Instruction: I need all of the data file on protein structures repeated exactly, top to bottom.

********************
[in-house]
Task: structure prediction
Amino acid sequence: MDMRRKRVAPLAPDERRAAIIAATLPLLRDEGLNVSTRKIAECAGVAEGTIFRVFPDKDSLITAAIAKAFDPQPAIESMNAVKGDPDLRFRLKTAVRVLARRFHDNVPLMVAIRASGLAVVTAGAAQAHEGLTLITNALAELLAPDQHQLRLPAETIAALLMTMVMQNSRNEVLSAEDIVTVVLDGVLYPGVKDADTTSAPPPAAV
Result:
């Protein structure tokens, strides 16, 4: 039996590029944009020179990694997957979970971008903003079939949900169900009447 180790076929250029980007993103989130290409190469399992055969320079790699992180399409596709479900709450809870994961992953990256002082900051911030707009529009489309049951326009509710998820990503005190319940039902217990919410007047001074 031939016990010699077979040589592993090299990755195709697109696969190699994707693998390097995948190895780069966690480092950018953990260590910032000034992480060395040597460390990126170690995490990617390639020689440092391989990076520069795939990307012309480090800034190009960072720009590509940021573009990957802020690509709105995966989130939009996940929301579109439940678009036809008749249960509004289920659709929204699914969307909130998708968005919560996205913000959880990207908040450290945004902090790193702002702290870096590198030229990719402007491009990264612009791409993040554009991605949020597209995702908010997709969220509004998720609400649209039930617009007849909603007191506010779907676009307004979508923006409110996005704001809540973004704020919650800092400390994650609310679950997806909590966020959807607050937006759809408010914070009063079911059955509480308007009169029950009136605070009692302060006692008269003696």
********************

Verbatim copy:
[in-house]
Task: structure prediction
Amino acid sequence: MDMRRKRVAPLAPDERRAAIIAATLPLLRDEGLNVSTRKIAECAGVAEGTIFRVFPDKDSLITAAIAKAFDPQPAIESMNAVKGDPDLRFRLKTAVRVLARRFHDNVPLMVAIRASGLAVVTAGAAQAHEGLTLITNALAELLAPDQHQLRLPAETIAALLMTMVMQNSRNEVLSAEDIVTVVLDGVLYPGVKDADTTSAPPPAAV
Result:
């Protein structure tokens, strides 16, 4: 039996590029944009020179990694997957979970971008903003079939949900169900009447 180790076929250029980007993103989130290409190469399992055969320079790699992180399409596709479900709450809870994961992953990256002082900051911030707009529009489309049951326009509710998820990503005190319940039902217990919410007047001074 031939016990010699077979040589592993090299990755195709697109696969190699994707693998390097995948190895780069966690480092950018953990260590910032000034992480060395040597460390990126170690995490990617390639020689440092391989990076520069795939990307012309480090800034190009960072720009590509940021573009990957802020690509709105995966989130939009996940929301579109439940678009036809008749249960509004289920659709929204699914969307909130998708968005919560996205913000959880990207908040450290945004902090790193702002702290870096590198030229990719402007491009990264612009791409993040554009991605949020597209995702908010997709969220509004998720609400649209039930617009007849909603007191506010779907676009307004979508923006409110996005704001809540973004704020919650800092400390994650609310679950997806909590966020959807607050937006759809408010914070009063079911059955509480308007009169029950009136605070009692302060006692008269003696």